Even skillful flyers like hummingbirds have issues sometimes.
Researchers at the University of British Columbia were able to show in a new study that hummingbirds had problems hovering above a source of nectar when presented with visual stimuli. This means that they were distracted and not able to completely use their visual processing muscles when presented with continuously moving images.
Scientists demonstrated this by introducing hummingbirds to a small clear feeding tube full of nectar. The tube was placed in front of a white wall, where researchers could project a number of different images.
Still images didn't bother the bird's ability to hover and feed at the same time, but they were disrupted when a moving spiral was projected onto the wall.
The research was published on December 8 in the Proceedings of the National Academy of Sciences.
The study was conducted by researchers, Benjamin Goller and Douglas Altshuler, from the University of British Columbia.
The image apparently tricked the hummingbirds, causing them to back off from the feeding tube only to try to hover and feed again without success.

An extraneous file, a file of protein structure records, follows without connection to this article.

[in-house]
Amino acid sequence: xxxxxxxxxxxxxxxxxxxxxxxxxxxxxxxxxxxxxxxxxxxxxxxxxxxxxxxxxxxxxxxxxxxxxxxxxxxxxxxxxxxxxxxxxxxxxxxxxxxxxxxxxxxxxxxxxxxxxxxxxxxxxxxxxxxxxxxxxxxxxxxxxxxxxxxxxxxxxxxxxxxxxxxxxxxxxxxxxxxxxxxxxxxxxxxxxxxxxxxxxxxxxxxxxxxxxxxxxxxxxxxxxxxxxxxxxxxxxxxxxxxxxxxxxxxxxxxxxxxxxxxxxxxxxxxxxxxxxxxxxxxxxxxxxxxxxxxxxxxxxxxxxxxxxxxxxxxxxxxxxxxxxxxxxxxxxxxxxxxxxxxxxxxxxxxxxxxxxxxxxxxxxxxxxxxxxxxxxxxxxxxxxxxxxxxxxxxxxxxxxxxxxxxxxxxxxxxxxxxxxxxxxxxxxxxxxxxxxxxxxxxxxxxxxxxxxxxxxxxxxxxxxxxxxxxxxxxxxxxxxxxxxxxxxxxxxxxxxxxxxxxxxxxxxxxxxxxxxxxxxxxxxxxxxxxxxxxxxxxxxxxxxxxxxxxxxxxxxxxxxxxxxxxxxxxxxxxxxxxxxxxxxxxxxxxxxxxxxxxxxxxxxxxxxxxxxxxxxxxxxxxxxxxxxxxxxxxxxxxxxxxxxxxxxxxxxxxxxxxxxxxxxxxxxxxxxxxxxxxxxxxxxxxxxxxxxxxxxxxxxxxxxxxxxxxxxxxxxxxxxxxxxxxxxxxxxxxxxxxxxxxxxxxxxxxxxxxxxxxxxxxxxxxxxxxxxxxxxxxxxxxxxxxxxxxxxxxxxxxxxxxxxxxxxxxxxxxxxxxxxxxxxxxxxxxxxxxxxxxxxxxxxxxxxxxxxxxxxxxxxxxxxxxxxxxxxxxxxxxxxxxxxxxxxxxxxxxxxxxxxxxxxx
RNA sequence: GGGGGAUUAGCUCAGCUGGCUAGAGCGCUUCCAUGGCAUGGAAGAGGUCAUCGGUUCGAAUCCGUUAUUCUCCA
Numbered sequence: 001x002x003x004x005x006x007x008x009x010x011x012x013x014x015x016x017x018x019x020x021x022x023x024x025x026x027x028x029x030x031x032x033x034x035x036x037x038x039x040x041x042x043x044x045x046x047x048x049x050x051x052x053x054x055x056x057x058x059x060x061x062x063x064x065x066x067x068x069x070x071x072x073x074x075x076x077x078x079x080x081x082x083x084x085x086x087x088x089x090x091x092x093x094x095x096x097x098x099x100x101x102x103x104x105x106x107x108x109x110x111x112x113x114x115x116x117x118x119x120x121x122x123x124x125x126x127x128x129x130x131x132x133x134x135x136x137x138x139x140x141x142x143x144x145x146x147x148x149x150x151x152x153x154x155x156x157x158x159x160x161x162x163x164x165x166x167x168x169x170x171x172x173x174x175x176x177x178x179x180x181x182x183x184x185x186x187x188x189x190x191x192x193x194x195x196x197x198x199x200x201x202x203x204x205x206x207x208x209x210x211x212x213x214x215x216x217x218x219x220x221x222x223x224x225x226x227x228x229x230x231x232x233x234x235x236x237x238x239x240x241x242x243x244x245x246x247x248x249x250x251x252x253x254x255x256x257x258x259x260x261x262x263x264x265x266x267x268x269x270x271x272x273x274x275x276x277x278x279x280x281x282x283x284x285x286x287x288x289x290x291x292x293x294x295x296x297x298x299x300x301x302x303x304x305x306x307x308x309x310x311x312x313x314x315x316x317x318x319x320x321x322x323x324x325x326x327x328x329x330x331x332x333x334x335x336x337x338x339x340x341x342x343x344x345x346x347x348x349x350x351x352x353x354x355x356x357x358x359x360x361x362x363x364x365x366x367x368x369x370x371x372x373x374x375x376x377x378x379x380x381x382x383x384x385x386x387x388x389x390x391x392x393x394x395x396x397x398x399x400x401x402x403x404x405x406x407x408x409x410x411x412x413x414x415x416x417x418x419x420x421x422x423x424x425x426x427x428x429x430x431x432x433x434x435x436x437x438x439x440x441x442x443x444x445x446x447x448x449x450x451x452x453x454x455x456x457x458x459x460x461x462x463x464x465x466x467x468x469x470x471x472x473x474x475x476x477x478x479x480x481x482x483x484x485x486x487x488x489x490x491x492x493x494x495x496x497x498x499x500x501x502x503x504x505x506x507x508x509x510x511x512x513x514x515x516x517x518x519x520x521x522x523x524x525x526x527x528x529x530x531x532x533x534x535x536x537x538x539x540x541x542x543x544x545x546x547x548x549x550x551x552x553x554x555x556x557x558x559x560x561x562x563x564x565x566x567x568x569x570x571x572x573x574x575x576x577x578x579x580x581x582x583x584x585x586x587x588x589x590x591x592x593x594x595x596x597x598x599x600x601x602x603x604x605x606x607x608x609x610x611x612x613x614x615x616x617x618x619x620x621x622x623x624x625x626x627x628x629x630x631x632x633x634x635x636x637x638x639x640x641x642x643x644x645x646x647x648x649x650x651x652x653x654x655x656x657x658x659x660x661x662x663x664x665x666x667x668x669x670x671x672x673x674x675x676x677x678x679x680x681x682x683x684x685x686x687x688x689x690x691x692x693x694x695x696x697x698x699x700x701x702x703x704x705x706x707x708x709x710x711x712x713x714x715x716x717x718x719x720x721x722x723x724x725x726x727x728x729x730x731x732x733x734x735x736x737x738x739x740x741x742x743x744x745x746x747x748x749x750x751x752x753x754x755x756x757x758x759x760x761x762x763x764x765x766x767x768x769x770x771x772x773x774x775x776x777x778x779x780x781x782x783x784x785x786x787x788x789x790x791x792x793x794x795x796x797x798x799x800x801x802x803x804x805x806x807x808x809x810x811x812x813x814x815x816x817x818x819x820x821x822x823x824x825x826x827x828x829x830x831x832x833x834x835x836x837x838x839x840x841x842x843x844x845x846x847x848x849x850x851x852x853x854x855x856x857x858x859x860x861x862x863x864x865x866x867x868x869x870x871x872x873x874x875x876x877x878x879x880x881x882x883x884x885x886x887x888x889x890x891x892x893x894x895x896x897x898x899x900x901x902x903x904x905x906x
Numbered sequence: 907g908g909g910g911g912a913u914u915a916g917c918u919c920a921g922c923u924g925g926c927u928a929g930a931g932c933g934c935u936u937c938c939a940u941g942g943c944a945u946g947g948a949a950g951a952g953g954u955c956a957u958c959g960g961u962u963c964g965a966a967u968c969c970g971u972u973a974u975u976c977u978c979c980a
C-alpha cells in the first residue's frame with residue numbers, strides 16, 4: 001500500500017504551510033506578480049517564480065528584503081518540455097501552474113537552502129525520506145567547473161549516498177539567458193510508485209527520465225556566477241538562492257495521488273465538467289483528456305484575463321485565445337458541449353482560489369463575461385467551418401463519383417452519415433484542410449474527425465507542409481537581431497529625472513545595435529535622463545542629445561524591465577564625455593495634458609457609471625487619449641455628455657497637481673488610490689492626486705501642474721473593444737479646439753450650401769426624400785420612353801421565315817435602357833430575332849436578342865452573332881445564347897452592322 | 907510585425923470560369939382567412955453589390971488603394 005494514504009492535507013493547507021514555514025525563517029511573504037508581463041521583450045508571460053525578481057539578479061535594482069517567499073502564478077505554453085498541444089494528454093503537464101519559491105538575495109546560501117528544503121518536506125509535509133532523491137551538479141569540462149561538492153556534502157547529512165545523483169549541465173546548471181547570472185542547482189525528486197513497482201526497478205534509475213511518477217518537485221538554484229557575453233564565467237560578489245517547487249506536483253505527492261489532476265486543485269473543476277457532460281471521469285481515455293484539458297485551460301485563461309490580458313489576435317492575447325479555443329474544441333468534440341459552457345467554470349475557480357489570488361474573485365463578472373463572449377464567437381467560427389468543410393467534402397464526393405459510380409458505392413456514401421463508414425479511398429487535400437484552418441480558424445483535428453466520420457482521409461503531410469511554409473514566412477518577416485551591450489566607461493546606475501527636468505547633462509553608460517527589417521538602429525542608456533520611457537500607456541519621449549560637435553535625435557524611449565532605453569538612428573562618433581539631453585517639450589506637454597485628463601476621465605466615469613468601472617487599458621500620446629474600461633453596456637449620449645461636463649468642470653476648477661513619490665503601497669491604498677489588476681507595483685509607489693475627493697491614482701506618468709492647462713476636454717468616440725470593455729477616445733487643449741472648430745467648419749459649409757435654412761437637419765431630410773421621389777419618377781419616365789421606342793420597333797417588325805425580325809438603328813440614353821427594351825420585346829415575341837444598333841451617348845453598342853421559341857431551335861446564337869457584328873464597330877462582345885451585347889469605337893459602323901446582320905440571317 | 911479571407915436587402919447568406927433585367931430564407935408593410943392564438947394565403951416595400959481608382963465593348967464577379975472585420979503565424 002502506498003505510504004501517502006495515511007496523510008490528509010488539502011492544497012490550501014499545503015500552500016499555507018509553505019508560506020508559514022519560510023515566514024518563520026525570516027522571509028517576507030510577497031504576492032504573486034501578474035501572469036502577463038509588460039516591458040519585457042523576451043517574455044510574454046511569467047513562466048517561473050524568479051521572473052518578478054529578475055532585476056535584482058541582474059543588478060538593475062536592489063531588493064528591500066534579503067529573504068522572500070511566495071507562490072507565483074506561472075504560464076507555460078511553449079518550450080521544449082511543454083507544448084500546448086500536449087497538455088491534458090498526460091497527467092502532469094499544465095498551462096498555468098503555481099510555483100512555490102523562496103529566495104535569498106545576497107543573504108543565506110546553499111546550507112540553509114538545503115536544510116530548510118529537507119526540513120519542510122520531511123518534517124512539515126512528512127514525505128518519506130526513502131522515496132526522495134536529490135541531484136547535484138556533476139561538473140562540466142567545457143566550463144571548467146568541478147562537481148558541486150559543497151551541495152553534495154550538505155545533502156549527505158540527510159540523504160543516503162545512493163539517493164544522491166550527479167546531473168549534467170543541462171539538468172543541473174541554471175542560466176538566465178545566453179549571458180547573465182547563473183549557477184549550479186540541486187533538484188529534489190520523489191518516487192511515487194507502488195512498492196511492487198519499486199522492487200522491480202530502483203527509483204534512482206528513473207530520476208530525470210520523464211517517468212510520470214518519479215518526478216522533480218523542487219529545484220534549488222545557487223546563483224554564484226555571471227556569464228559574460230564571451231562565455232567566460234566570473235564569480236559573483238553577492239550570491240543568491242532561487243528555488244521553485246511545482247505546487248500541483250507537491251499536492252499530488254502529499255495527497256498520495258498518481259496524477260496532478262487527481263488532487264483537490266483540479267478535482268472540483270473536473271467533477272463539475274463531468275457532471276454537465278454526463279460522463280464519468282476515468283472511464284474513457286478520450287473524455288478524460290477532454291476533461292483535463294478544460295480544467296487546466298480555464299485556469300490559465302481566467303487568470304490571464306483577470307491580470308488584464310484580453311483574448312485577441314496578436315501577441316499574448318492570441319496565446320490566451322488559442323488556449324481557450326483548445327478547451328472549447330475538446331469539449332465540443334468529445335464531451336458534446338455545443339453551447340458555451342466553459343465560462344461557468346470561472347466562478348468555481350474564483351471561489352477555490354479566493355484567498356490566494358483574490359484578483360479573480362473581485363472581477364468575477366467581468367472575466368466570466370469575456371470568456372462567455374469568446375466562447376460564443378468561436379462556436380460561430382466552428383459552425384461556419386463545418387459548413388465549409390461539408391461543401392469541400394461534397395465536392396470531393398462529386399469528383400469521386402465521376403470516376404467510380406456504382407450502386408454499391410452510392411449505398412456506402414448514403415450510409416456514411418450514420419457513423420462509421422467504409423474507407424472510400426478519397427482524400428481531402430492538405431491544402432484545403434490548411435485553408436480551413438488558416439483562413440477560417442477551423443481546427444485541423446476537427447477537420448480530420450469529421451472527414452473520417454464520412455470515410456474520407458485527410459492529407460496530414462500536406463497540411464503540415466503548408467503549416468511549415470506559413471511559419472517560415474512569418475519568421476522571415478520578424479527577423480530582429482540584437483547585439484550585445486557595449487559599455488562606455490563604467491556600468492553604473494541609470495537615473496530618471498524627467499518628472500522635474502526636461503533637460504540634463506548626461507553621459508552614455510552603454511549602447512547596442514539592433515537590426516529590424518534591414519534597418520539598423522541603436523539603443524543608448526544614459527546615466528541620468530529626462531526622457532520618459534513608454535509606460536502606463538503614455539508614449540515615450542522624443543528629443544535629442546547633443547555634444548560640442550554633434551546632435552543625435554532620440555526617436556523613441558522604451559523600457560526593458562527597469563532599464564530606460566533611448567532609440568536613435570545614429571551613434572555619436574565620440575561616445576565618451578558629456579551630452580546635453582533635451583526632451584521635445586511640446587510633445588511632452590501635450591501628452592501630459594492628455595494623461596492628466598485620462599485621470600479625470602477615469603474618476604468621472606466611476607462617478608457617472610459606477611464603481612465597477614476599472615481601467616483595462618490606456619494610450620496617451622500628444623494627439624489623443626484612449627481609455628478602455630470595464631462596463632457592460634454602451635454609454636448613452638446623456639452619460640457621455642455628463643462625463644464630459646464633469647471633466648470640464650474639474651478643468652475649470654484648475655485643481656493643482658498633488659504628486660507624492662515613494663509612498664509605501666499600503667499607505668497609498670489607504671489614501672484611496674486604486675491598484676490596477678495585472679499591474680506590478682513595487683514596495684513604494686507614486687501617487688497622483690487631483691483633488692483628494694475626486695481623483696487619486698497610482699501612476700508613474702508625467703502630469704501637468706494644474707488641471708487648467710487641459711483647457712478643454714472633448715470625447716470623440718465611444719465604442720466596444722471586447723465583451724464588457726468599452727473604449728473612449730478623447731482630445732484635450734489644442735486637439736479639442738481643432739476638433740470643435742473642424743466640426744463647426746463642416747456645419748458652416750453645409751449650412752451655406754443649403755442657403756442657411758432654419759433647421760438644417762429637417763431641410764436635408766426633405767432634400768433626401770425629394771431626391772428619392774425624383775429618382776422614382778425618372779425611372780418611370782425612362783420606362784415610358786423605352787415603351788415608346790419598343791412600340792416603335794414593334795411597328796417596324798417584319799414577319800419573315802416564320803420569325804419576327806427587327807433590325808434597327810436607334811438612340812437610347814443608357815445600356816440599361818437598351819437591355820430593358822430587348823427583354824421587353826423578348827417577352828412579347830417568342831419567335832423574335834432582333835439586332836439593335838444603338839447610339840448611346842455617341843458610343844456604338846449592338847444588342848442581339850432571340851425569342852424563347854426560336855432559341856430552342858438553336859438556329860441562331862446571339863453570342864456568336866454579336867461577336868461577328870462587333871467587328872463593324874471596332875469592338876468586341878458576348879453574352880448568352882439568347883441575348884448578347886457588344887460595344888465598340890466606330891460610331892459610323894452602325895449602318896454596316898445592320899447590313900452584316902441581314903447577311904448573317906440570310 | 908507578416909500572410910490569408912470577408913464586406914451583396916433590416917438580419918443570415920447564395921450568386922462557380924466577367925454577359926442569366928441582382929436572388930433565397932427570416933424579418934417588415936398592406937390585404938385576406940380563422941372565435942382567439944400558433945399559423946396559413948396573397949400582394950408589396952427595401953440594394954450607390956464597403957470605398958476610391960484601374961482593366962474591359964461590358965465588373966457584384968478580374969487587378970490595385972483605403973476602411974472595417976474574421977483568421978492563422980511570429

"Despite the urge to feed, the birds seemed unable to adapt to the moving images," study author and zoologist Benny Goller said in a press release.
"It suggests the hummingbirds' visual motion detection network can over-ride even a critical behavior like feeding," the author added.
Normally hummingbirds fly so well they outperform a tiny helicopter, with a hovering capacity that is 20 percent more efficient, in comparison. The researchers believe that their findings will open new investigations into how visual information is used by flying birds, in the brain and during free behavior.